In Woody Allen's 2011 film Midnight in Paris, aspiring author Gil Pender (played by Owen Wilson), is mysteriously whisked from the 21st century back to the 1920s, where he meets Scott and Zelda Fitzgerald, listens to Cole Porter sing, and gets writing advice from Ernest Hemingway and Gertrude Stein. Early in the film, Gil is sitting in a nightclub with Zelda on one side, taking in what has happened to him. At the beginning of the shot, Gil's face looks like this:
He looks to his left, sees Zelda laughing and drinking, looks forward at the dancers, and then suddenly, something shifts. His face then transforms to this:
It's also quite subtle, which is a key part of its charm. While the film is rather heavy-handed in pointing out how unsuited Gil is to his fiancée, when it comes to the line between past and present, much of the blanks are left for the viewer to fill in. Like Gil, we experience the wonder of his time travel without thinking too much about it, albeit in a slightly different way--Gil marvels at all of the famous celebrities from the 20s that he meets, while we as viewers enjoy seeing how these literary and artistic giants are represented on the screen.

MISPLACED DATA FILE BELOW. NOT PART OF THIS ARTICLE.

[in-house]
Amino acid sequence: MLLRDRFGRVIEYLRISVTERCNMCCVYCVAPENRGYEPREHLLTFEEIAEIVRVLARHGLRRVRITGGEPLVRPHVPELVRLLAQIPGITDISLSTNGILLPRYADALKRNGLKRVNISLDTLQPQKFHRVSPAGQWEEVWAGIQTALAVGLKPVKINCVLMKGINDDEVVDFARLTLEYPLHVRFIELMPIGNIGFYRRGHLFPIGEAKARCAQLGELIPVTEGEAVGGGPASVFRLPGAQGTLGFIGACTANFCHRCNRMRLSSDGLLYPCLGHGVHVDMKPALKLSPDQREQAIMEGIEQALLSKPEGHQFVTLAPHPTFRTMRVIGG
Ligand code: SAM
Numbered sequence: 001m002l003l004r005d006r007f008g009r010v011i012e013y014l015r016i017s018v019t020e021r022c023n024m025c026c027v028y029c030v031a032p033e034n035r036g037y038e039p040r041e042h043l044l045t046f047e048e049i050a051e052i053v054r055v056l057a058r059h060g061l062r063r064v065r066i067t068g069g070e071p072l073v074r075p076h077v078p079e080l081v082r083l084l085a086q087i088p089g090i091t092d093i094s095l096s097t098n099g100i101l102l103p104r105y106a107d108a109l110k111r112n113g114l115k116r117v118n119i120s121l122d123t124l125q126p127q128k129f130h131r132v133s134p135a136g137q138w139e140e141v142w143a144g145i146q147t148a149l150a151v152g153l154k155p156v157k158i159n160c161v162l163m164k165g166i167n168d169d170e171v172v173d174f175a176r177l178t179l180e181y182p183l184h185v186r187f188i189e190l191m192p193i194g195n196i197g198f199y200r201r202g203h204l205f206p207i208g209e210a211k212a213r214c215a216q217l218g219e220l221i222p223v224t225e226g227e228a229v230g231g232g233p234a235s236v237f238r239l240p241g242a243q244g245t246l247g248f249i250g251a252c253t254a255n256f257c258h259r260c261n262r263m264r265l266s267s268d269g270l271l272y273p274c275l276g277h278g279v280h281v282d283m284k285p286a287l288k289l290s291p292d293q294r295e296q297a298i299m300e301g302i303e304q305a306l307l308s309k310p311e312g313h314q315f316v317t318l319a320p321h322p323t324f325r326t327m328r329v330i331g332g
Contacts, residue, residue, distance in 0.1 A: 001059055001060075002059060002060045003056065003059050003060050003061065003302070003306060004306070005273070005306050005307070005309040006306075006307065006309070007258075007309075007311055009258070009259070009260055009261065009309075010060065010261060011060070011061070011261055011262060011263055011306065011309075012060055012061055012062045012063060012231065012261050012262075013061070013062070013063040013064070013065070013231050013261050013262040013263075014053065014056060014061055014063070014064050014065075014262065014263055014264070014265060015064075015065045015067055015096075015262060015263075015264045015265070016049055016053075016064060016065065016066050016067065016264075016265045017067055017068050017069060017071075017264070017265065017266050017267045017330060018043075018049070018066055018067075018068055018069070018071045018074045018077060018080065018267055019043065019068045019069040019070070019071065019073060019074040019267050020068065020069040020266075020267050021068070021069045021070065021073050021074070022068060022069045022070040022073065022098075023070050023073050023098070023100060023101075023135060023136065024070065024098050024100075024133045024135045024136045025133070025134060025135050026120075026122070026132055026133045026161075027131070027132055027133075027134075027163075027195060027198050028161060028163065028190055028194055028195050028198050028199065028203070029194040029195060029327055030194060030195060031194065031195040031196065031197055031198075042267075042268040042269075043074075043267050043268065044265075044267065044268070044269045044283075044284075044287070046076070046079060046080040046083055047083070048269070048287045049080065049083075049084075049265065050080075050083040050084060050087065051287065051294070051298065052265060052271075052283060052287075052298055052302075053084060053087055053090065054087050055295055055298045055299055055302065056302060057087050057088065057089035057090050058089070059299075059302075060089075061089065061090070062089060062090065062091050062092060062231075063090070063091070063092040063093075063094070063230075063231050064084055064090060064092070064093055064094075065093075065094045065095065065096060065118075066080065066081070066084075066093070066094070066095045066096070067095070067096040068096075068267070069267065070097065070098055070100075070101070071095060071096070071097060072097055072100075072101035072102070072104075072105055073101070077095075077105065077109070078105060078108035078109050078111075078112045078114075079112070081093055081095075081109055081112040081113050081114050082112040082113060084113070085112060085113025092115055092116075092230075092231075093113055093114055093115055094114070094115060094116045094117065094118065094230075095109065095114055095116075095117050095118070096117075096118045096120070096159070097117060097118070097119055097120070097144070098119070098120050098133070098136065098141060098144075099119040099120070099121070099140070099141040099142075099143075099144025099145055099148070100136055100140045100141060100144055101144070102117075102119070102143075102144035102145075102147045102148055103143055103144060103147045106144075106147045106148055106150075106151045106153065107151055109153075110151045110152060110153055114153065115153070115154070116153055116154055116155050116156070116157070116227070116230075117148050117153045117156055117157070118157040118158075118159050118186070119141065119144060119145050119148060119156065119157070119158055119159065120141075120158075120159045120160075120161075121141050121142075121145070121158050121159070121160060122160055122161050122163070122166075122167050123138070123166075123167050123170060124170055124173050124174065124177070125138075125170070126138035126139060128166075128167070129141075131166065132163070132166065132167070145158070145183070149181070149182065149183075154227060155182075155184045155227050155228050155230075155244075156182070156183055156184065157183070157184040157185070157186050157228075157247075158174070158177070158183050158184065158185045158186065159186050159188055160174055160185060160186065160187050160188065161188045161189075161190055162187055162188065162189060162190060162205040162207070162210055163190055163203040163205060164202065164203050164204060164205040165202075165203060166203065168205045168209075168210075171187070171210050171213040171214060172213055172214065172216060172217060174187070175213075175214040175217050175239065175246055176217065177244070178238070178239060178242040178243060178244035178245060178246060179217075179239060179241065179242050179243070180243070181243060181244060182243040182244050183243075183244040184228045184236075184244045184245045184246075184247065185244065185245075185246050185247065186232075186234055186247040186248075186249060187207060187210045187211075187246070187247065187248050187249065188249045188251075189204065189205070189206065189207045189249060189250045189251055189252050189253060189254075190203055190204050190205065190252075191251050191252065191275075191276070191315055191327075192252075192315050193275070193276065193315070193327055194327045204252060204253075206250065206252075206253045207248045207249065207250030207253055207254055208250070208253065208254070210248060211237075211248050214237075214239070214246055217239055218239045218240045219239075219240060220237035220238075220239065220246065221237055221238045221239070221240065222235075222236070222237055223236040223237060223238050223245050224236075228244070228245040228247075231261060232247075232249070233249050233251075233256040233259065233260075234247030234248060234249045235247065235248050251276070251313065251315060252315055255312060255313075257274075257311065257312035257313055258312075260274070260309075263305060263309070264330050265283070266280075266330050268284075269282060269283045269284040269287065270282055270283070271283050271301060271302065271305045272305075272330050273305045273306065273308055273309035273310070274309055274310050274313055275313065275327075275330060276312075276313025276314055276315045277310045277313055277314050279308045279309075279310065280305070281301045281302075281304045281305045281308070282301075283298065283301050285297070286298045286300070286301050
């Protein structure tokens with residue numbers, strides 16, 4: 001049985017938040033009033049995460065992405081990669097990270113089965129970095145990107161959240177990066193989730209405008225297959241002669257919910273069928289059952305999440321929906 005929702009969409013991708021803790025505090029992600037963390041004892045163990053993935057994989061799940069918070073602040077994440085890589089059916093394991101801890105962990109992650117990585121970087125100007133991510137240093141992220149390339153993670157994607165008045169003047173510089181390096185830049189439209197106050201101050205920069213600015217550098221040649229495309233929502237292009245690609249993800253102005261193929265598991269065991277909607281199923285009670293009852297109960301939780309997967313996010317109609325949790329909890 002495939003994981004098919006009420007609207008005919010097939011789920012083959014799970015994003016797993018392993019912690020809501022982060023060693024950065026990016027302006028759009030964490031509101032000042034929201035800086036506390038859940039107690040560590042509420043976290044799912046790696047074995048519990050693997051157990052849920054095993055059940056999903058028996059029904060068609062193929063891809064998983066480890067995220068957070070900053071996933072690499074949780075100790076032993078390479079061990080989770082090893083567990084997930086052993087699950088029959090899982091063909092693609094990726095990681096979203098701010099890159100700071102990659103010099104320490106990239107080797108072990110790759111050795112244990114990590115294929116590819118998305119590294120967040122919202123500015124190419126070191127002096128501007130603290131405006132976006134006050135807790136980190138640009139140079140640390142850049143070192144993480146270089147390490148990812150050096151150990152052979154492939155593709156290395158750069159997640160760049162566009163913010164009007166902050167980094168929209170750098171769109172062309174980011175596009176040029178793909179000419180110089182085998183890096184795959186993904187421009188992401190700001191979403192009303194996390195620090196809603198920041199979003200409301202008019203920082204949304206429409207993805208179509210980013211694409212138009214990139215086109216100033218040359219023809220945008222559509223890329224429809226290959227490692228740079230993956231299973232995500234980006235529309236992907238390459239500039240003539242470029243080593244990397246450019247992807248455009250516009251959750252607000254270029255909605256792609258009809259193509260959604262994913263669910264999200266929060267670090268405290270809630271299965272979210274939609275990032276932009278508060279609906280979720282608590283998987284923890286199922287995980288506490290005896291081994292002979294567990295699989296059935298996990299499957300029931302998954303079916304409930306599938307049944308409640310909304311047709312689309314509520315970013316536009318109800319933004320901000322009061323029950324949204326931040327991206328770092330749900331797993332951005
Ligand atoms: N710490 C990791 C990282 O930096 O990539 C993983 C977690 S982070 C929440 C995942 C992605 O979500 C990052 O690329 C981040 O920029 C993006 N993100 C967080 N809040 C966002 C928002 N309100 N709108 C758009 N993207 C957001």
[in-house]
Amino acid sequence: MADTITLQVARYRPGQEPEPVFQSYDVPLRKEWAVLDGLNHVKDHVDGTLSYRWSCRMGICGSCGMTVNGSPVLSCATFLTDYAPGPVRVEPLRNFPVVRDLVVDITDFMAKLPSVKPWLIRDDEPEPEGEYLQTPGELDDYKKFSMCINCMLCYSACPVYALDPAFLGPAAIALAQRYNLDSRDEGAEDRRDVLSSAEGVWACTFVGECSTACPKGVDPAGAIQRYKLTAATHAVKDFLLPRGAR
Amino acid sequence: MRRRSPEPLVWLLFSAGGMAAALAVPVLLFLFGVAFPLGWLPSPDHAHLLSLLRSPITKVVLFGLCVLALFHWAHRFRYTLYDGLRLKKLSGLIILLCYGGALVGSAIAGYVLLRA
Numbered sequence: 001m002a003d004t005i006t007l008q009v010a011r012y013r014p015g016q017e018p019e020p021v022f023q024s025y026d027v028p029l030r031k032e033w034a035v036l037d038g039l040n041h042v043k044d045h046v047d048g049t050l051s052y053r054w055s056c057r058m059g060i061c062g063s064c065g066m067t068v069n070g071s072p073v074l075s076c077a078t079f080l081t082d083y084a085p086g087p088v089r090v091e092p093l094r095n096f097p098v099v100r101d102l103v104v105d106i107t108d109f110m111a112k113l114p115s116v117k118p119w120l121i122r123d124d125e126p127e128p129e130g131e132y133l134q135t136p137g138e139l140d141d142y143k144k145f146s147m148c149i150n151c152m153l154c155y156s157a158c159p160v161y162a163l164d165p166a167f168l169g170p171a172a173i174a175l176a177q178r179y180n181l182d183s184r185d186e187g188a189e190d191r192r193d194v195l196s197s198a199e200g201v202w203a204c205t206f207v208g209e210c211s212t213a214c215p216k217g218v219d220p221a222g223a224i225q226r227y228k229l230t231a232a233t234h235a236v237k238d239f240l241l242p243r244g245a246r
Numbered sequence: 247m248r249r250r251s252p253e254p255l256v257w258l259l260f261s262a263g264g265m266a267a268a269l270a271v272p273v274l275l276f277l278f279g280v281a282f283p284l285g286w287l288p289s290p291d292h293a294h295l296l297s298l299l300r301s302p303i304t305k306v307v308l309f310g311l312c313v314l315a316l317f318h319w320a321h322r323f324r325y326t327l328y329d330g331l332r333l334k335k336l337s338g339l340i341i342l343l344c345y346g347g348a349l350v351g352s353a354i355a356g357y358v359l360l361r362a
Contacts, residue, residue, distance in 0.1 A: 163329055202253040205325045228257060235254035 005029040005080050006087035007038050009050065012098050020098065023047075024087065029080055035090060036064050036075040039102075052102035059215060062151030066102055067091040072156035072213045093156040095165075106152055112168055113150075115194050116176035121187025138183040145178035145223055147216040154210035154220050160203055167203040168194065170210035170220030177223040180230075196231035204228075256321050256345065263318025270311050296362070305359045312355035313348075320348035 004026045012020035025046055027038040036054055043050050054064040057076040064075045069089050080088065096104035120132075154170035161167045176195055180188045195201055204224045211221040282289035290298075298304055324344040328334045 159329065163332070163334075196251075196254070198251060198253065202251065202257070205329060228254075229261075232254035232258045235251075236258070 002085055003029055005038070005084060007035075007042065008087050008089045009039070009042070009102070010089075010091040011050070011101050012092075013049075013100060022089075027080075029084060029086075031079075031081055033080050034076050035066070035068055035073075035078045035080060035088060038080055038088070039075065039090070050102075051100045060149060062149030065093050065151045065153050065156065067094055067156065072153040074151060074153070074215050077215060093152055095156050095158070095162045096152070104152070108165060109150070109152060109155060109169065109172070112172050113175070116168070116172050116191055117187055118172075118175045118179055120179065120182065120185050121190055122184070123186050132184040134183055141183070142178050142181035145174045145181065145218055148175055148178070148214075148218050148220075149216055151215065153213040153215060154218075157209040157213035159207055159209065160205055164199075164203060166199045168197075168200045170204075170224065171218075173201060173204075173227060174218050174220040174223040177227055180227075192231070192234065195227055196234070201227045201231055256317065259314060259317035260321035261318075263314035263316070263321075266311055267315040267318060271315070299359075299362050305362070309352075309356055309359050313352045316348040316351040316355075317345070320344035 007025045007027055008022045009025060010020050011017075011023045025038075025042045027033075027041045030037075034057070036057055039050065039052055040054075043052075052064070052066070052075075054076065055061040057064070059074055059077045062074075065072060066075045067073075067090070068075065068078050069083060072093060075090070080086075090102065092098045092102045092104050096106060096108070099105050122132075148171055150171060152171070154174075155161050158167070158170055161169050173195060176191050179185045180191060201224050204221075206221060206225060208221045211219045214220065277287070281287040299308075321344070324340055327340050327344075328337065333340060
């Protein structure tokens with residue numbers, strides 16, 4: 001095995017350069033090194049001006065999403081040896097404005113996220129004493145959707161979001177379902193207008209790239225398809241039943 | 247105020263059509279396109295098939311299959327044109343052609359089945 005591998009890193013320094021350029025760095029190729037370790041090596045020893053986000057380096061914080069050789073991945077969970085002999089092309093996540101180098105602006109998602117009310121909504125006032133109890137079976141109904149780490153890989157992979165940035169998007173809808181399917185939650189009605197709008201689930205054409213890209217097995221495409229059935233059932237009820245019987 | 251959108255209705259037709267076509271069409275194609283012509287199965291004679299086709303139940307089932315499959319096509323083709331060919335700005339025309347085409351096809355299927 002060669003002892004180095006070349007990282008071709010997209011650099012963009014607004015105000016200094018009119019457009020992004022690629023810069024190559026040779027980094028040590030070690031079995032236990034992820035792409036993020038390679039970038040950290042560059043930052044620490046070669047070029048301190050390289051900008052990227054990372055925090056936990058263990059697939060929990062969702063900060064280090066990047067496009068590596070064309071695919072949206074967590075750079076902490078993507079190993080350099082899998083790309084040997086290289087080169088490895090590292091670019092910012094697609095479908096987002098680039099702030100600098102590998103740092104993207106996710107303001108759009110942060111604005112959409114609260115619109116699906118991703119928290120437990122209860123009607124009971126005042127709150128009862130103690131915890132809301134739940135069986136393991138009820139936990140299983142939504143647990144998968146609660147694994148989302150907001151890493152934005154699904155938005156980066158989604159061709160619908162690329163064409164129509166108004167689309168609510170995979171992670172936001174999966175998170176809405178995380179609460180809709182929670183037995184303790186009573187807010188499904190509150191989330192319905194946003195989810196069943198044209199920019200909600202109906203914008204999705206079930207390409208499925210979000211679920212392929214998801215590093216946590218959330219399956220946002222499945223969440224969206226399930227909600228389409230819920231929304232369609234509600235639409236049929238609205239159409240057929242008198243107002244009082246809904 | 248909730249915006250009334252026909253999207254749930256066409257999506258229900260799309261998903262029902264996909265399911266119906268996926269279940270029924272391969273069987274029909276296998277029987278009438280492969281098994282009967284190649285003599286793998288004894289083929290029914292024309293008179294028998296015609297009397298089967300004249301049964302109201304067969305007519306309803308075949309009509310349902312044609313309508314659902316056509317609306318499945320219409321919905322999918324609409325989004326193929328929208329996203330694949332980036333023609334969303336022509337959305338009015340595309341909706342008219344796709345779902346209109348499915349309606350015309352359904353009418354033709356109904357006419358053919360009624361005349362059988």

It's also fascinating how Allen visually draws a distinction between the real Paris of the 21st century and the Paris of the past. The film opens with a series of shots of iconic places in Paris--the Eiffel Tower, the Louvre, the Moulin Rouge--but the lighting and coloring is such that it makes them look much more, well, mundane. Rather than emphasizing colors that makes these scenes seem majestic and awe-inspiring, they are all tied together with a yellowish tint that makes them appear almost sallow:
The scenes in the past are all set at night, making the lighting much softer and more romantic. Even though the mechanics of Gil's time travel are not explicitly explored in the film, the shift in color and light from the present to the past ultimately draw a distinction between the two worlds that is as clear as the different between the wardrobe and Narnia.
In general, I ended up being frustrated by the over-the-top way in which Inez (Gil's fiancée) was drawn, which prevented me from enjoying the film on a narrative level, but I greatly appreciated the aesthetic choices that Allen made. (There are also some pretty great Surrealist jokes, if you're into that sort of thing.) And the film asks great questions about the relationship between the present and the past, between imagination and reality, that are at the heart of what it means to create, take risks, and be an artist.
By Jen Miller